berangere: (yajiri)
[personal profile] berangere posting in [community profile] archaeology
We've got two prompts answered so far in our 「Frequently-Or-Not-So-Frequently-Asked-Questions about Archaeology」 ! Let's go on today with this one :

prompt by [personal profile] snowynight

What's your favourite and least favourite depiction of archaeology in fiction?

Since this one is asking a more personal point of view comparing to the other prompts, I suggest everybody answers to the question in the comments (or in a new post if you prefer so).

As far as I'm concerned, I realized with this prompt that I do not have read so much books or seen so much films dealing with archaeology. I first want to make clear that even if I am an archaeologist, I do not loathe films that give a romantico-adventurous view of archaeology : they're often entertaining, and I do not expect Hollywood to give an true image of archaeology. Let's be honest : who would pay to see the *real* life of an archaeologist on screen ?

Of course, when you say "archaeology in films", you immediately think about Indiana Jones. I am a great fan of those films I have seen an incalculable number of times since childhood, but, if you watch carefully, the only one depicting archaeology is the Raiders of the Lost Ark, with the excavations in Egypt. The others may be about an archaeologist, but they are not about archaeology.

I think my favourite depiction of archaeology in fiction may be in "Murder in Mesopotamia" by Agatha Christie. First, because I am a big fan of Agatha Christie, and then, because archaeology in the 30's HAVE a romantico-adventurous feeling, it is not even necessary to include any fantastic element. Of course, archaeology has known many revolutions from this time and as a scientific, I *prefer* the way we do archaeology now BUT I look at those time not with disgust or alarm, but with a feeling close to nostalgia. I am glad I practice archaeology the way we do now, but I think I would have loved doing archaeology in the 30s either.
The trick in this book may be a little odd, but the background is just great. Of course, the quite realistic depiction of archaeology there can be explained by the fact archaeology is not the point of the book, but just the background : you do not need walking mummies to entertain your readers if you already have a murder and Poirot to solve it.

And the least favourite one... in fact I am quite happy each time I spot an archaeologist in fiction, may his work be realistic or not, may he be a Good of a Villain, so I am not sure I really have a "least favourite" one.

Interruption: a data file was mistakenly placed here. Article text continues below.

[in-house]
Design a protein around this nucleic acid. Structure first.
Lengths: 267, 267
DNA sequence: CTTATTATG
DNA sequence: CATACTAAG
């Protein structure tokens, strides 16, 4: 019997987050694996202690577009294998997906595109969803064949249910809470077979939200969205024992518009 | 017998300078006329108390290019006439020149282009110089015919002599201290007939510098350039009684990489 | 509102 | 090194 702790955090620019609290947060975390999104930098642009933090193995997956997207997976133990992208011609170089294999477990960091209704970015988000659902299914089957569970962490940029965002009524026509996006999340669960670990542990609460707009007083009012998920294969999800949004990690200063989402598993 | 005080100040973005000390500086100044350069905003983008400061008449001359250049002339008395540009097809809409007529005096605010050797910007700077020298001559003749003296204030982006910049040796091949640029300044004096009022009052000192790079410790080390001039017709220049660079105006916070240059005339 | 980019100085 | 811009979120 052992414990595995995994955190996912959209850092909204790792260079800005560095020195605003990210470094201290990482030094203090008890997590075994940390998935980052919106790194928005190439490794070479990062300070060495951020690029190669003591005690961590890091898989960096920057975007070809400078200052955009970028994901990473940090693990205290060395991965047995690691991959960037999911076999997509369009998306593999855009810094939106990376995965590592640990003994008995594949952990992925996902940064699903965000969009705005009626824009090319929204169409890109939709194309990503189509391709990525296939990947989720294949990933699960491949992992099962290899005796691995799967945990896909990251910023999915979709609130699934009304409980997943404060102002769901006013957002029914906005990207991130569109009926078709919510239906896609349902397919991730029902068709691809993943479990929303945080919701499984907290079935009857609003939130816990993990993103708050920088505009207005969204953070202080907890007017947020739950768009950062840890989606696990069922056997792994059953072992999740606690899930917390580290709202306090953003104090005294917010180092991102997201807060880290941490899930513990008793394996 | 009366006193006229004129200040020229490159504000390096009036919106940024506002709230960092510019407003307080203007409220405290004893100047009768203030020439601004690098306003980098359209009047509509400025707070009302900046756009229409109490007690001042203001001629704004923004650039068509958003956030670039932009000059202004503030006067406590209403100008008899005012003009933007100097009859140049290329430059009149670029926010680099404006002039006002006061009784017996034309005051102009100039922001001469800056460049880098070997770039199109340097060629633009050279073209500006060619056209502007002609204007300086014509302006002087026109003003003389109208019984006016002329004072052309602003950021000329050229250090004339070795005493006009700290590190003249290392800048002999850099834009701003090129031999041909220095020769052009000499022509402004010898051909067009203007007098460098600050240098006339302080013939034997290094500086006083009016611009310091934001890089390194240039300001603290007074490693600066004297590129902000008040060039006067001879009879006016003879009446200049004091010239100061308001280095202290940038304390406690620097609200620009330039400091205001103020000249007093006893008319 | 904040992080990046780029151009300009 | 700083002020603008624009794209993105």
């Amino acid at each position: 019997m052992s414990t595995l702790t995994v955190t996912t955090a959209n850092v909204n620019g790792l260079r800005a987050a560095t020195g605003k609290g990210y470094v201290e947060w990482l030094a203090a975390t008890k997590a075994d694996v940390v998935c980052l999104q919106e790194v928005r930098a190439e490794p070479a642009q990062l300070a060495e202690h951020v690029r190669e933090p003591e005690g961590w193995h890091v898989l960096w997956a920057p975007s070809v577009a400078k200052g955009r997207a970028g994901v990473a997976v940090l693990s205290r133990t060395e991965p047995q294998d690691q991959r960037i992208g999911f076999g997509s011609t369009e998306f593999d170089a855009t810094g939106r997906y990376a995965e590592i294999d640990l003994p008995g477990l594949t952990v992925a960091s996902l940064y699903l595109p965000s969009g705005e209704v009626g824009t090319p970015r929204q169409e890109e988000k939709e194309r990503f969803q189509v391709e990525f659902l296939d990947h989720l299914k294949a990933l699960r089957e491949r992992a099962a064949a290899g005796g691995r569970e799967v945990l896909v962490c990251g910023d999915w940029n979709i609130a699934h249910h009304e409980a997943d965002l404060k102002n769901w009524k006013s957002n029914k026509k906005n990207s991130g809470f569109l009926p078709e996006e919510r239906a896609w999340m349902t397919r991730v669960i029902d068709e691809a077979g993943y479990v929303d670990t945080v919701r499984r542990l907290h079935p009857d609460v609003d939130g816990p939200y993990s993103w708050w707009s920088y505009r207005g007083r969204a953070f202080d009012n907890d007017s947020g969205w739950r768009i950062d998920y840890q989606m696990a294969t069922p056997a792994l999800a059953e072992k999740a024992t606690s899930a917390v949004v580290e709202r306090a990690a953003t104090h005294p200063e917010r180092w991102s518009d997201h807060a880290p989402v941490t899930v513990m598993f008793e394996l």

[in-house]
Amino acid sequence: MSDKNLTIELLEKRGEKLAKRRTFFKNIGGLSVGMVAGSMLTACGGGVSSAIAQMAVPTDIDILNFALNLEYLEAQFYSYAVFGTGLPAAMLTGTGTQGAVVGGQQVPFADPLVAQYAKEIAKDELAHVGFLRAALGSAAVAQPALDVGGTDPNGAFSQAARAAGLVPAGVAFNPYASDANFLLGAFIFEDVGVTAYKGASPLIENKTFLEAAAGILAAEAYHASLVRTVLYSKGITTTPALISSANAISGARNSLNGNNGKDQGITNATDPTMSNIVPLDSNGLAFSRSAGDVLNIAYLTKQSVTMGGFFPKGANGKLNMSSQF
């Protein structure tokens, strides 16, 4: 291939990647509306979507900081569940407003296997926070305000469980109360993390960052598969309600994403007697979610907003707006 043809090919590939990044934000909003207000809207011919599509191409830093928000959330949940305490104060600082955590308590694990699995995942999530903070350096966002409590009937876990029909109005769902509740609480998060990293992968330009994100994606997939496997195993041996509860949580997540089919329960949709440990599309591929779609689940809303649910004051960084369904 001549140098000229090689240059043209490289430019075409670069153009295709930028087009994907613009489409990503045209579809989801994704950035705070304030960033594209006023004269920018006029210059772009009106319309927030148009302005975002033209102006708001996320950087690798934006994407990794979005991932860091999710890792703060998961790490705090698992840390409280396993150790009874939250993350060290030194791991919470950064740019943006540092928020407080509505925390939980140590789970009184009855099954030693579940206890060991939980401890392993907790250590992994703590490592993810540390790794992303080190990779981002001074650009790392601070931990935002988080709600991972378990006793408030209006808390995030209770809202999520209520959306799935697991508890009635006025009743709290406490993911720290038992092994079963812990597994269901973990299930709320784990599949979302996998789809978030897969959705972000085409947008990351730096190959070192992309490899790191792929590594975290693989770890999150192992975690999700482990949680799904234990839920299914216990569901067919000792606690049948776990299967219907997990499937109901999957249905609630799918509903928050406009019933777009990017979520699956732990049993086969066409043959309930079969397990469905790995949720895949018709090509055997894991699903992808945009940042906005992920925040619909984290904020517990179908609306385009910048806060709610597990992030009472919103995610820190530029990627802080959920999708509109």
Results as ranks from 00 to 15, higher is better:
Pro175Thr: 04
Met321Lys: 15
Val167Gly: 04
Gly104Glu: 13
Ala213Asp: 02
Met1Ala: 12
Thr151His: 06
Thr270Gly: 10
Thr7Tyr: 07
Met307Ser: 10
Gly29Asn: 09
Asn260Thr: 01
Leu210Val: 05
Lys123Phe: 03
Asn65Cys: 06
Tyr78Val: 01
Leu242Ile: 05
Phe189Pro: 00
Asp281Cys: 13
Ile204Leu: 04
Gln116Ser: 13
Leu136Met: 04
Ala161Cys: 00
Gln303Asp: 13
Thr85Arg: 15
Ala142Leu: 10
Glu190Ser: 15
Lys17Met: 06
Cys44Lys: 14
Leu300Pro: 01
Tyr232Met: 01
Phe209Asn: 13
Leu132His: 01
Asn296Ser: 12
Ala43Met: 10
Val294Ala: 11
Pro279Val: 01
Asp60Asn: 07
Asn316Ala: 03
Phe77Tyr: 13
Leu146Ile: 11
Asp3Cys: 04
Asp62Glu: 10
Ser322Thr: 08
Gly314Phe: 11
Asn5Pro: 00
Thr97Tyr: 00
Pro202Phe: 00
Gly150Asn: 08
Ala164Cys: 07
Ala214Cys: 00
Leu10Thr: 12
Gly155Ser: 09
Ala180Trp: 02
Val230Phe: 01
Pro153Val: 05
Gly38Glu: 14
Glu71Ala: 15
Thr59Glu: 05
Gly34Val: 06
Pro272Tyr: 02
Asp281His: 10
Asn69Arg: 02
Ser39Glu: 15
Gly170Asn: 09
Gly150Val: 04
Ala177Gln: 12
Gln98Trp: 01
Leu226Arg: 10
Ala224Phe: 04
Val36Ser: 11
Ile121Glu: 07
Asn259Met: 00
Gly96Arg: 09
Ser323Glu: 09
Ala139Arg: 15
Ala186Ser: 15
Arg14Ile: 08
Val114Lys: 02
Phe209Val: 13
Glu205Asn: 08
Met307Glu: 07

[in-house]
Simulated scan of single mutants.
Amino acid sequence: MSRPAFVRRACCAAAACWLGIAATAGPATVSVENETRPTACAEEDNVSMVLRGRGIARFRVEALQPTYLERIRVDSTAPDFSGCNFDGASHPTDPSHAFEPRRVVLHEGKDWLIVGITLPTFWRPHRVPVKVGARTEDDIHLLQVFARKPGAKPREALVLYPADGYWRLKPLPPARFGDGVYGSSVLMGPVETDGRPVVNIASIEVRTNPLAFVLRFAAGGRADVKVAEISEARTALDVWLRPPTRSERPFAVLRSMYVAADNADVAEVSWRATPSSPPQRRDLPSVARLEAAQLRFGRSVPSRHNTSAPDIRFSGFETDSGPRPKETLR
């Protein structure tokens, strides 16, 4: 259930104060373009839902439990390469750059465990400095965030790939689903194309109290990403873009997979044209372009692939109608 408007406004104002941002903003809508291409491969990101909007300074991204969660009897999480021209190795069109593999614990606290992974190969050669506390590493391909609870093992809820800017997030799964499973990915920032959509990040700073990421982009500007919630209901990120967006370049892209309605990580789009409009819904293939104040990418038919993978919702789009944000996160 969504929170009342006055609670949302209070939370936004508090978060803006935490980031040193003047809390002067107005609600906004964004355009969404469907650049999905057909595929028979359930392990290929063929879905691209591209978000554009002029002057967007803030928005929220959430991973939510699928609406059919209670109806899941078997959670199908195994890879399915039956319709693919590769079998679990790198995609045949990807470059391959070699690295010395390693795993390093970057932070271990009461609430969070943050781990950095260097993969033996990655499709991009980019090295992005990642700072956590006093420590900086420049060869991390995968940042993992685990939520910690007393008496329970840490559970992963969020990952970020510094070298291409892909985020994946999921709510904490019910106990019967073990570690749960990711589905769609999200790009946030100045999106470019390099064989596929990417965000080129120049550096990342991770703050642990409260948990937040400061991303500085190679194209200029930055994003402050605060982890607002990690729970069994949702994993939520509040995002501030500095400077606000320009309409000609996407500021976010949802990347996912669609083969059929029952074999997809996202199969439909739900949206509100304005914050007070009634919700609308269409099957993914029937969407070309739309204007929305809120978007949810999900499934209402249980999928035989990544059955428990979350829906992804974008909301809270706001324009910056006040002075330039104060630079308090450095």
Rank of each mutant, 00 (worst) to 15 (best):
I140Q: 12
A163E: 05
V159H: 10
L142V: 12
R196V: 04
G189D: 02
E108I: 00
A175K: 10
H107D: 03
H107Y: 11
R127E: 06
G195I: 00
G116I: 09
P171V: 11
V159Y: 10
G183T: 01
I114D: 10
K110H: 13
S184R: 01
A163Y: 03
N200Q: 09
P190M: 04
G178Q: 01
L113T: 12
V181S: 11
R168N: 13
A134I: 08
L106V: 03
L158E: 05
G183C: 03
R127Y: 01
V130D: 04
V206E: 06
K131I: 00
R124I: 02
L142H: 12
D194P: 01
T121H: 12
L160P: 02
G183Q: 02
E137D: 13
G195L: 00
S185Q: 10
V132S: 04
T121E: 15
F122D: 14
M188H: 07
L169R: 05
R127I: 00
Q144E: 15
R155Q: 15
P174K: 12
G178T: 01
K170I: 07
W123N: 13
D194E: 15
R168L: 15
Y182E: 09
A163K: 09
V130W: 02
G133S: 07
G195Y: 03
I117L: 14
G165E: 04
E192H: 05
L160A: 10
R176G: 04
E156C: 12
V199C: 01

If I had to choose I would say archaeology in Star Trek. It seems archaeologists are just there to create catastrophes by disturbing things that have been buried for centuries *for a good reason*, or to become mad because they've been left alone to study an ancient civilization on a distant planet during years. But Star Trek may have spotted it was unfair for us to *always* have the bad role, and they created Jean-Luc Picard, so we can't really keep a grudge against them.

Here is a list of the fiction works I recall having an archaeological component :
- Doctor Who (Cybermen awakening, Pyramids of Mars... and the current River Song is supposed to be an archaeologist too ! And Bernice was one too.)
- Star Trek
- Star Gate
- Indiana Jones
- the Mummy
- Murder in Mesopotamia
- the Amelia Peabody series
- Benjamin Gates

I'm afraid that's all... I am looking forward reading the answers of the members of this community (and of occasional readers who may come here during the Three Weeks for Dreamwidth project).
Since we can't add tags to our posts in this community, I'll advertise this thread in my follow friday article and hope some people will drop a line in the comments !

Date: 2011-04-29 04:55 pm (UTC)
birgitriddle: (Stock - History)
From: [personal profile] birgitriddle
If you've watch the TV series that spun off of the Indiana Jones movies, The Adventures of Indiana Jones, you will see more depictions of archeology, but only in a few episodes. There's actually only one episode (the first one) that really shows an archeologist working and that would be the episode that Indiana Jones first meets Howard Carter (there's another episode where Indy meets him in 1918, but it's only in the first one that you actually see an archeological site).

Ironically enough, it was through that TV series that I ended up deciding on becoming a historian rather than an archeologist (I originally went to college intending on majoring in anthropology - archeology at my university is part of the anthropology department, but I ended up majoring in history) because it explored historical events through Indy's eyes.

Date: 2011-05-04 03:48 am (UTC)
dorkpie: ([random] nature has no limits)
From: [personal profile] dorkpie
This was really interesting! :D


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